Previously, in the not so distant past, the intake of fatty foods was frowned upon.  Now, the hyperpalatable fatty foods, aka foods that contain assorted combinations of things like fat, sodium (salt), carbohydrates, and sugar, all for the taste, are still something we should just be mindful of.  Outside of that, we need a certain amount of essential fatty acids, but we’ll just say “healthy” fats for ease of use.  These fats are called linoleic acids, which everyone knows better as omega-6 and omega-3, which our bodies don’t produce naturally, so we have to get them through our foods.  If you haven’t heard of that before, no stress!  Without going into a chemistry or biochemical lesson, think of them as 9 calories per gram, along with being needed for energy production, support in the structure of cellular membranes, as well as contributing to many other parts of the body.  There are many types of fats that contain omega’s, but we’ll save that for another time. 


With all that said, how do we know what they are, and how much to get?  


Traditionally, with how much we need to get, according to the National Institute of Health, it is good to get around 1.1-1.6g per day (or so) for females, and males, respectively (1).  A chart will be linked below that will allow us to take a look at what foods contain what amounts!  With that, seeds, nuts, fish, whole eggs, and some oils can be good sources of these healthy fats.  Weekly, we should look to incorporate those foods.  So, for example, daily, one could intake nuts and seeds, cook with a mild amount of oil (like olive oil for example), and then weekly, intake fish, say, two times per week.  This will allow us to get adequate essential fatty acids in our diet, and not add in tons of calories as we use those as some potential substitutions for a few dinners and so forth.  So as a take home, look to incorporate some nuts and seeds, avocado’s, incorporate some seafood if possible, and maybe add in some oils for the essential fats that can account for our daily intake. They aren’t bad for us in moderation, we need them and they’re good for us!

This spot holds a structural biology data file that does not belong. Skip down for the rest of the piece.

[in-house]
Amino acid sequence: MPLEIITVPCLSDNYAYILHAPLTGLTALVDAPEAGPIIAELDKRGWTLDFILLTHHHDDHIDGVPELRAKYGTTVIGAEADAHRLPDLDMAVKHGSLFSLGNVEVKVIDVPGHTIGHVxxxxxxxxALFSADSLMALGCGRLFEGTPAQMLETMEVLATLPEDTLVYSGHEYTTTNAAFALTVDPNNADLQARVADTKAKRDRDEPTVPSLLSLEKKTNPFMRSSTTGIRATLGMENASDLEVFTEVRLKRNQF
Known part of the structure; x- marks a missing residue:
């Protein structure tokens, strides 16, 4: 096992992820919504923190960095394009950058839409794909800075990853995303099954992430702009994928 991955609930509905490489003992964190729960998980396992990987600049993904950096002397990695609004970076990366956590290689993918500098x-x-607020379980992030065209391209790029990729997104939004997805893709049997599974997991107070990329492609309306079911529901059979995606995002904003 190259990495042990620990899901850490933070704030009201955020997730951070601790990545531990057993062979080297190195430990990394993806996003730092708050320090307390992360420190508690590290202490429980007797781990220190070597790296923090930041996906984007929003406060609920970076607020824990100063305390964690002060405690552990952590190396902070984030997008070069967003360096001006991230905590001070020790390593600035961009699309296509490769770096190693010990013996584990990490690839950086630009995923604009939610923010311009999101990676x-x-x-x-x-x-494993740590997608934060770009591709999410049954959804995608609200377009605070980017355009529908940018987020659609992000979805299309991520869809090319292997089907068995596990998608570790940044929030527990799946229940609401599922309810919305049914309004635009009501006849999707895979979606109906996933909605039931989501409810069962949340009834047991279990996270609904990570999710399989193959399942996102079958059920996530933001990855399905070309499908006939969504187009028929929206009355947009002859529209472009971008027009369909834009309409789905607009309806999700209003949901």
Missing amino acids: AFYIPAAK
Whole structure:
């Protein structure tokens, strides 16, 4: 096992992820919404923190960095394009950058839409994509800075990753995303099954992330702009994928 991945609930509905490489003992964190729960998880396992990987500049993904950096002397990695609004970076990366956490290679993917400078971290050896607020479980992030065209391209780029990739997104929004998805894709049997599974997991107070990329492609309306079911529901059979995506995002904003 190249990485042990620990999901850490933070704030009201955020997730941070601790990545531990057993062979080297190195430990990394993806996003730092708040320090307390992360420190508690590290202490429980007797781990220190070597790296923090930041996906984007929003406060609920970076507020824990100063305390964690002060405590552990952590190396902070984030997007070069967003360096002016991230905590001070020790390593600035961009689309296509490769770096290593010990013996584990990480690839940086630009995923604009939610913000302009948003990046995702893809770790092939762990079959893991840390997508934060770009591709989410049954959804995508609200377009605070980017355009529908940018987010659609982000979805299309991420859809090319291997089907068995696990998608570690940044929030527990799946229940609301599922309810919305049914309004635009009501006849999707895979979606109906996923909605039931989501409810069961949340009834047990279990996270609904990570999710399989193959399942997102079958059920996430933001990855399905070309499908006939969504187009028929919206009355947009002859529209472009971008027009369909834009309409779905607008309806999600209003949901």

Chart from Harvard (about halfway down the page): 

Omega-3 Fatty Acids: An Essential Contribution | The Nutrition Source | Harvard TH Chan School of Public Health









*For information purposes only, see a registered dietician for specific foods that you can intake.  The listed are only for example sake only*